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BioMed Research International
Volume 2017, Article ID 6250327, 8 pages
https://doi.org/10.1155/2017/6250327
Research Article

Arsenic-Redox Transformation and Plant Growth Promotion by Purple Nonsulfur Bacteria Rhodopseudomonas palustris CS2 and Rhodopseudomonas faecalis SS5

Department of Microbiology & Molecular Genetics, University of the Punjab, Lahore, Pakistan

Correspondence should be addressed to Yasir Rehman; kp.ude.up@gmm.risay

Received 5 November 2016; Revised 9 January 2017; Accepted 19 January 2017; Published 12 March 2017

Academic Editor: Wen-Jun Li

Copyright © 2017 Kanza Batool et al. This is an open access article distributed under the Creative Commons Attribution License, which permits unrestricted use, distribution, and reproduction in any medium, provided the original work is properly cited.

Abstract

Arsenic (As) is a well-known toxic metalloid found naturally and released by different industries, especially in developing countries. Purple nonsulfur bacteria (PNSB) are known for wastewater treatment and plant growth promoting abilities. As-resistant PNSB were isolated from a fish pond. Based on As-resistance and plant growth promoting attributes, 2 isolates CS2 and SS5 were selected and identified as Rhodopseudomonas palustris and Rhodopseudomonas faecalis, respectively, through 16S rRNA gene sequencing. Maximum As(V) resistance shown by R. faecalis SS5 and R. palustris CS2 was up to 150 and 100 mM, respectively. R. palustris CS2 showed highest As(V) reduction up to 62.9% ( mM), while R. faecalis SS5 showed maximum As(III) oxidation up to 96% ( mM), respectively. Highest auxin production was observed by R. palustris CS2 and R. faecalis SS, up to and μg mL−1, respectively. Effects of these PNSB were tested on the growth of Vigna mungo plants. A statistically significant increase in growth was observed in plants inoculated with isolates compared to uninoculated plants, both in presence and in absence of As. R. palustris CS2 treated plants showed 17% ( cm) increase in shoot length and 21.7% ( cm) increase in root length, whereas R. faecalis SS5 treated plants showed 12.8% ( cm) increase in shoot length and 18.8% ( cm) increase in root length as compared to the control plants. In presence of As, R. palustris CS2 increased shoot length up to 26.3% ( cm), while root length increased up to 31.3% ( cm), whereas R. faecalis SS5 inoculated plants showed 25% (20.7 ± 1.4 cm) increase in shoot length and 33.3% (5.4 ± 0.65 cm) increase in root length as compared to the control plants. Bacteria with such diverse abilities could be ideal for plant growth promotion in As-contaminated sites.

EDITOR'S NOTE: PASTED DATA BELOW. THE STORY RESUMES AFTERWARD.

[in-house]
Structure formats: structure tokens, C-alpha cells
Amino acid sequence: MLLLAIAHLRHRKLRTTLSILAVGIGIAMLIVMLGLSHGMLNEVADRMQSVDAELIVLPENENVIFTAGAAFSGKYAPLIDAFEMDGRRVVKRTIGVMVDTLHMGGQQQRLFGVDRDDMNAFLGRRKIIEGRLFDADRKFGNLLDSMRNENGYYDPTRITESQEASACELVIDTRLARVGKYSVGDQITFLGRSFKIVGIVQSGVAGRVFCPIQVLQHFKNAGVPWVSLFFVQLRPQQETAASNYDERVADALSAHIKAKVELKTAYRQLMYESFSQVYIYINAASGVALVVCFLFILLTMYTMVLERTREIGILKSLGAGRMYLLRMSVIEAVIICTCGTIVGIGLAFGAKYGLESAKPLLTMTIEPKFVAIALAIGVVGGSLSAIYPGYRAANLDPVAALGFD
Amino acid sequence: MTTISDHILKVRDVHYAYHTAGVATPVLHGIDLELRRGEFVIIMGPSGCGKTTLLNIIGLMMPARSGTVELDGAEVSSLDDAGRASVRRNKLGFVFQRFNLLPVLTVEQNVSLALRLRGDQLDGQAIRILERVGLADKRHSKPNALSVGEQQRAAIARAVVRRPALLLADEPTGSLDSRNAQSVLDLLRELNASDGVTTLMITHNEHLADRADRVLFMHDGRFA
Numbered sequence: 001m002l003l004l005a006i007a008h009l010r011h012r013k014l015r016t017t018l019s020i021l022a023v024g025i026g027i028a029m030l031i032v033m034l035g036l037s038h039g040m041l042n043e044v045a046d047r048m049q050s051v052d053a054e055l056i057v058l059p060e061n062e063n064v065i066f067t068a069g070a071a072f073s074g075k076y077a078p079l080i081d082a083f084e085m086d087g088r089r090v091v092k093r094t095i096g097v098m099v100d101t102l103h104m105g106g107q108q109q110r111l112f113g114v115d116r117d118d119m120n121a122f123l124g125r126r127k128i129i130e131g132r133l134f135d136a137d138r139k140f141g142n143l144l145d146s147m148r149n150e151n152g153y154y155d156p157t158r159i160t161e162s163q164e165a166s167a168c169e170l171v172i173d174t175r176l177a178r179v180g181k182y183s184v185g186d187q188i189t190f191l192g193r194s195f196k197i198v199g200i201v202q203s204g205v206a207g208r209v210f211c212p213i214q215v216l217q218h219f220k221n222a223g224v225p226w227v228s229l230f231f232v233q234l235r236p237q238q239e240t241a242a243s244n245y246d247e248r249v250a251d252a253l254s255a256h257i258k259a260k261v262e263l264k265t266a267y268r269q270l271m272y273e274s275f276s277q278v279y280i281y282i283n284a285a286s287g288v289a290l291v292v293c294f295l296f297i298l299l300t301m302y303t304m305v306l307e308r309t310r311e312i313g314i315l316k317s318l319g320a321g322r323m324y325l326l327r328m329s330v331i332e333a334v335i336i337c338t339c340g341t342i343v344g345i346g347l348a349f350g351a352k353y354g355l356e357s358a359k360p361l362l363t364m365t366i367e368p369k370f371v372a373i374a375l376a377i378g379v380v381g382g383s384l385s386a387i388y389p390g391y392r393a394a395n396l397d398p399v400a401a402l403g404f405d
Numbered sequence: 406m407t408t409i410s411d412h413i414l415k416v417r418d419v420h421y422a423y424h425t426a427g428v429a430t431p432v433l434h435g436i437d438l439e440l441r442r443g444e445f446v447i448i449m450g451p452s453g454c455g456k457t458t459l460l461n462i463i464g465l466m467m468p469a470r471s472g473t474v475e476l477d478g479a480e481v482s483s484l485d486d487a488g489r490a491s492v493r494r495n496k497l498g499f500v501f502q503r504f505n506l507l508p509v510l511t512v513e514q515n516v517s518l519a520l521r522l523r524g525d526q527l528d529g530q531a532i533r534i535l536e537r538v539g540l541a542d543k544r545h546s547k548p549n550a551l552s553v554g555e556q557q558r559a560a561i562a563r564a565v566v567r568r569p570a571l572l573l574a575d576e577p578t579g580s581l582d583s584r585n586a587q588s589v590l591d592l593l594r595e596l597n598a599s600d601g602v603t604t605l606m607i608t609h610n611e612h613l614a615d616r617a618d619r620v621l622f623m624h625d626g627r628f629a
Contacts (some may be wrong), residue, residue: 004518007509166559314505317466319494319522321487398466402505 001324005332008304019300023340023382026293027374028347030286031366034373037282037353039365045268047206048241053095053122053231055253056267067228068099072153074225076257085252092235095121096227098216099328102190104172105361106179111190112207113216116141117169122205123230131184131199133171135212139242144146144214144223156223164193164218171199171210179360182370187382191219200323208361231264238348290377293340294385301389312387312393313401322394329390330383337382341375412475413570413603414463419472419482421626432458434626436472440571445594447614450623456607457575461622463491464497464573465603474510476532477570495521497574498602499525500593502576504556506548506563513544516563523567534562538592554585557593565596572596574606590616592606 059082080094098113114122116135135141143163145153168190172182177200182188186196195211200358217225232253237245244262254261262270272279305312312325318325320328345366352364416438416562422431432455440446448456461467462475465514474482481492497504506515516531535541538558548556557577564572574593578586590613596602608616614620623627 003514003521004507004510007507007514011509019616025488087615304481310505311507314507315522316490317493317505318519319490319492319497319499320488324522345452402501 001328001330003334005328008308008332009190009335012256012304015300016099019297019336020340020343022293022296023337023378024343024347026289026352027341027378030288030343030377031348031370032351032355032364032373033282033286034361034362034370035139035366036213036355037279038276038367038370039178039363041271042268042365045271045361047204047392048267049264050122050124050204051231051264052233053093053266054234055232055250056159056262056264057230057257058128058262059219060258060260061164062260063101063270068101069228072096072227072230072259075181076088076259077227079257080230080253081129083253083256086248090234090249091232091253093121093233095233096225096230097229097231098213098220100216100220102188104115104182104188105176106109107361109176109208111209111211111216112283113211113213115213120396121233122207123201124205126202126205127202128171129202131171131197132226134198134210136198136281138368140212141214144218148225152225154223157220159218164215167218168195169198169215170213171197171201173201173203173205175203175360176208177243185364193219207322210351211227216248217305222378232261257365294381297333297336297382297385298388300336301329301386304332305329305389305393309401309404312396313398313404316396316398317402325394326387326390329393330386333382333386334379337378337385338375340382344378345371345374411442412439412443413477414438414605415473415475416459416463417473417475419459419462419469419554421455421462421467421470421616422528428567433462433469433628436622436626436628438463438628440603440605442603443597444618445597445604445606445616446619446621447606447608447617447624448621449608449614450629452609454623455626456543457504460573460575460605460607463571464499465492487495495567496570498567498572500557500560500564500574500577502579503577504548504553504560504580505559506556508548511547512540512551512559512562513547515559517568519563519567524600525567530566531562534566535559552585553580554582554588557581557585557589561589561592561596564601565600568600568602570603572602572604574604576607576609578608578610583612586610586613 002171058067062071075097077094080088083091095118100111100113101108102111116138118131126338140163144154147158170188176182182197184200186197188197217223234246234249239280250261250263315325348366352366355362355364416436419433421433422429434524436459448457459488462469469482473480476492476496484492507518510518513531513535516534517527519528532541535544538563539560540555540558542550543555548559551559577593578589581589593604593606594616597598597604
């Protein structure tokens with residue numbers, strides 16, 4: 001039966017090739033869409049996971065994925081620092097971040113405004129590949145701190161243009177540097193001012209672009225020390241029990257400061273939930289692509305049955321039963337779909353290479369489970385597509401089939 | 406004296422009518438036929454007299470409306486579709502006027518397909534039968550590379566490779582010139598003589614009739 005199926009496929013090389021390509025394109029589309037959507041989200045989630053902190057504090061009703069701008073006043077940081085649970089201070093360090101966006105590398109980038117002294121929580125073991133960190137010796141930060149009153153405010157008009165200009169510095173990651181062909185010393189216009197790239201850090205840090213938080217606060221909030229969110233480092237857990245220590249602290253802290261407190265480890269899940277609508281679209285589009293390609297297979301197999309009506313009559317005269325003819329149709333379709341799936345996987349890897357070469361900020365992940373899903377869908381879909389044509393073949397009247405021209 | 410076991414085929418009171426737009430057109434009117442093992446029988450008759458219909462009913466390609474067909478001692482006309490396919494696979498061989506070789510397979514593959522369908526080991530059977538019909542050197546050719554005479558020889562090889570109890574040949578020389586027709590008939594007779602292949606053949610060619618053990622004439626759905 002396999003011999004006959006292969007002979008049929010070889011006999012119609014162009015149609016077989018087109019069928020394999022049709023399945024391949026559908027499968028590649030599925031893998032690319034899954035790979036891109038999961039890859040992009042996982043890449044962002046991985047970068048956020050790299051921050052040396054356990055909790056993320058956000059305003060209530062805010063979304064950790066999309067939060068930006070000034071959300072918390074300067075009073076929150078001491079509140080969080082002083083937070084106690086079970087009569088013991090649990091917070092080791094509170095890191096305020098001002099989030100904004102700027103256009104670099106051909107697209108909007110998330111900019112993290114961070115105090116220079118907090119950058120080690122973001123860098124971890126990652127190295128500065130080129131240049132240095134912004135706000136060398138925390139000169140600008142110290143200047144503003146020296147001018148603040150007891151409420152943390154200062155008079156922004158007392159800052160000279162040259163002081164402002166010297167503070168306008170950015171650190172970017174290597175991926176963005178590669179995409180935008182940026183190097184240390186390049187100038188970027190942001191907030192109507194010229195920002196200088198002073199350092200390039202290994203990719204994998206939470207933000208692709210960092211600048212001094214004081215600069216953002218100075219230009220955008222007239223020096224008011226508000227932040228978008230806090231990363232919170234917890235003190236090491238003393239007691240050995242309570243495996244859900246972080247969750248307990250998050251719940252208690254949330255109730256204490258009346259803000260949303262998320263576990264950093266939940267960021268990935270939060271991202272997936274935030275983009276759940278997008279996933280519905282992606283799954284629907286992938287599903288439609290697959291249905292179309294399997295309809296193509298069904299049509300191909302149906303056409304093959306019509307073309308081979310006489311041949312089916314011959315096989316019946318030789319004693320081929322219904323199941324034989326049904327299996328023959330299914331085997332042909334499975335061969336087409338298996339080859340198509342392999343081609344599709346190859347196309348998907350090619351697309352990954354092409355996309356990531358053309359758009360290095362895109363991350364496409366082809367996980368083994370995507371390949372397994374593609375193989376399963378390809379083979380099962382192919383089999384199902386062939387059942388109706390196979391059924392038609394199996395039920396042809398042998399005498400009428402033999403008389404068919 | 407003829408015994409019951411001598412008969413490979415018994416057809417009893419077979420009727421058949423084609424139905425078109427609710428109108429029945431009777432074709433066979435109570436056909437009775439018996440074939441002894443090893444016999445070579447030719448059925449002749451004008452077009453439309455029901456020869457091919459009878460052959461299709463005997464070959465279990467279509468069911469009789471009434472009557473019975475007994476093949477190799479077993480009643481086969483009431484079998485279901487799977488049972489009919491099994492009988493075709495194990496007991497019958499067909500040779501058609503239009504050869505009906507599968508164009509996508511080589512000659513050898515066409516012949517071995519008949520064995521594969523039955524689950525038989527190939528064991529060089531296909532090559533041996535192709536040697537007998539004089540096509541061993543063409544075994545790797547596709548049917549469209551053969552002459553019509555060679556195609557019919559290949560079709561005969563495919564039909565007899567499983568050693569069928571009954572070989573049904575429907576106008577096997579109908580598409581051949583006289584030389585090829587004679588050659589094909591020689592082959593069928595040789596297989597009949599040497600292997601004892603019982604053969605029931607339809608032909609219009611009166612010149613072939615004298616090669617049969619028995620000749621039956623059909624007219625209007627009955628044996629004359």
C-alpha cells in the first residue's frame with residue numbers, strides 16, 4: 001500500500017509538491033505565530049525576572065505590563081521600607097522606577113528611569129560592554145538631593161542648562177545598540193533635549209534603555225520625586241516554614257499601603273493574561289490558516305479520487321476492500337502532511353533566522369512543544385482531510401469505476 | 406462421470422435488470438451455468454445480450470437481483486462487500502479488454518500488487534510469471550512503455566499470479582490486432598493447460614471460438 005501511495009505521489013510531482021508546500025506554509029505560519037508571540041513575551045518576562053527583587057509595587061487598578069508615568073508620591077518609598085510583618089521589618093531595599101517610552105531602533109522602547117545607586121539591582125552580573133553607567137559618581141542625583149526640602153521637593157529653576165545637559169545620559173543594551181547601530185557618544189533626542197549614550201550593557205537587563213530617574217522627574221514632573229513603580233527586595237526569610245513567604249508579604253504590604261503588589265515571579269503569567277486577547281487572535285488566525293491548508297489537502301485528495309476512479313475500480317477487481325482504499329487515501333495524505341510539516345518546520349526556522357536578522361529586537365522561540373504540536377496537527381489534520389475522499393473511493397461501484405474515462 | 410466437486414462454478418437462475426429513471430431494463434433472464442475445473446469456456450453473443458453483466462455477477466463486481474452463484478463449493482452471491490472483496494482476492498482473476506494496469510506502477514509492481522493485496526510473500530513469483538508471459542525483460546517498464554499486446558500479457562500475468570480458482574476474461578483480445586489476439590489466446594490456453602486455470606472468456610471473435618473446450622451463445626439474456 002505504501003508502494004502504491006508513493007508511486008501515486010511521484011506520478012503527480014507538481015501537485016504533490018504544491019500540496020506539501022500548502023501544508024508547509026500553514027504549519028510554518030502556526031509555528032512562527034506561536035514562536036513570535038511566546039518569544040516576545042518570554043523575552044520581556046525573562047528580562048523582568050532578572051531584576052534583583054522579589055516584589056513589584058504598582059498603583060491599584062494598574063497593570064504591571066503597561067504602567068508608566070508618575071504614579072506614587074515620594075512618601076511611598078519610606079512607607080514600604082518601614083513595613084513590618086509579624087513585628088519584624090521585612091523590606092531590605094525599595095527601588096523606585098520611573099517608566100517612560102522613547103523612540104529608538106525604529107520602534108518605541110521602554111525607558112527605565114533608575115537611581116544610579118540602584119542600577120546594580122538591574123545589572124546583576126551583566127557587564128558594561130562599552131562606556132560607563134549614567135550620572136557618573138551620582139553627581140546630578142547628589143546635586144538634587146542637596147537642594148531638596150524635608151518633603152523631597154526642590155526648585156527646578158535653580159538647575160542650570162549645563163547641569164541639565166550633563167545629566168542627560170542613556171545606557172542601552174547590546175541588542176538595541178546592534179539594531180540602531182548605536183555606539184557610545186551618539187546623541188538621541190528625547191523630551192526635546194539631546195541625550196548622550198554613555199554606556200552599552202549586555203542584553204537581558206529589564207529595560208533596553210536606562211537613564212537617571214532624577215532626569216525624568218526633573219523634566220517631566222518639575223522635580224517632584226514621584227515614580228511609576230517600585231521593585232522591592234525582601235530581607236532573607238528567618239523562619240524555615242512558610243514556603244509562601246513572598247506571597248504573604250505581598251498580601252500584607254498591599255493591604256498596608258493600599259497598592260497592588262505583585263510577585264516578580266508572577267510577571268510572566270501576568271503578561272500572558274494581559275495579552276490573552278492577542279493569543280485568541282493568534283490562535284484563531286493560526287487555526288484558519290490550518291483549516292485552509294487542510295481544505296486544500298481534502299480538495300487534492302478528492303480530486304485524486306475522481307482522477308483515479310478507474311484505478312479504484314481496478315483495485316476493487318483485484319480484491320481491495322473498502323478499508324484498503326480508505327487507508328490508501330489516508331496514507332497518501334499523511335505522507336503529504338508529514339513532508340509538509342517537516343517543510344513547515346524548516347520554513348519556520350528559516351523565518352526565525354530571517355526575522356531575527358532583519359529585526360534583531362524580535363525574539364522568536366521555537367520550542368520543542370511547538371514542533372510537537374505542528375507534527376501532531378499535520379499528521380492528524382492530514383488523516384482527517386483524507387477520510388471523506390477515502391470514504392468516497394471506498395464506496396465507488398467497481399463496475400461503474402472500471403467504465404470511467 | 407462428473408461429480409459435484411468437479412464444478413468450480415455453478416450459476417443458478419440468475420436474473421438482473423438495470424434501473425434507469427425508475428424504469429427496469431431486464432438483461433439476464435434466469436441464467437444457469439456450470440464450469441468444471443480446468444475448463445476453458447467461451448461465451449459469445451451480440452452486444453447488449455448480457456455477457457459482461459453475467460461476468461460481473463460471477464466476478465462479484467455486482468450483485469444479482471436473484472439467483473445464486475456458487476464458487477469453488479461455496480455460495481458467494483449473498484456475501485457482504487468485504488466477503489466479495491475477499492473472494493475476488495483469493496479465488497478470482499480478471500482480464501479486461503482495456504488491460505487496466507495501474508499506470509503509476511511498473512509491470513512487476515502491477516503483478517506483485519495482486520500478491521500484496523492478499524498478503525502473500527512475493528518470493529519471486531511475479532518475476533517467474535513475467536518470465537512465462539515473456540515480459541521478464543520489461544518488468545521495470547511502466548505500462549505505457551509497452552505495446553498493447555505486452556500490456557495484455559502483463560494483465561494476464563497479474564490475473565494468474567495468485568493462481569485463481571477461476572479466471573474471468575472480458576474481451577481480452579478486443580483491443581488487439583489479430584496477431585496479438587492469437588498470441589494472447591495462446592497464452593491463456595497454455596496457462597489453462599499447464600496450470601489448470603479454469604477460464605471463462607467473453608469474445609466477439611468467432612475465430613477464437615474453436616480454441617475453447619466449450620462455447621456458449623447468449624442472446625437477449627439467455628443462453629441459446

1. Introduction

Arsenic (As) is a ubiquitous toxic metalloid which is also released from several industrial processes such as mining, tanning of hides, and combustion of coal. Due to these reasons, the level of As in drinking waters of many areas has been increased beyond WHO standard drinking water limits (0.01 mg L−1) [1]. As is primarily found in two major forms: arsenate [As(V)] and arsenite [As(III)] [2]. As(III) is reported to be ~100 times more toxic as compared to As(V) [3, 4]. As(V) causes harm to the cells by being analogous to phosphorous, replacing the latter in many chemical reactions [5]. As(III), on the other hand, affects activity of many enzymes by reacting with their sulfhydryl groups [6]. As is toxic to all life forms, including plants, animals, and human beings. Long-term exposure to As, especially through drinking water, can cause arsenicosis which is manifested as different types of cancers and skin allergies. In plants, the toxicity of As causes reduced growth and low yields [7]. As is toxic to microorganisms as well; however, several bacteria are known to resist and detoxify As. As-resistant bacteria are known to have effects on As-oxidation/reduction, methylation, and demethylation, as well as sorption and desorption as a result of their survival strategies against As-toxicity [8]. Such As-resistant bacteria are ideal for the bioremediation of As-contaminated lands. However, given the possible complexity and severity of the As-polluted sites, the bacteria should be metabolically diverse in order to thrive in different environments.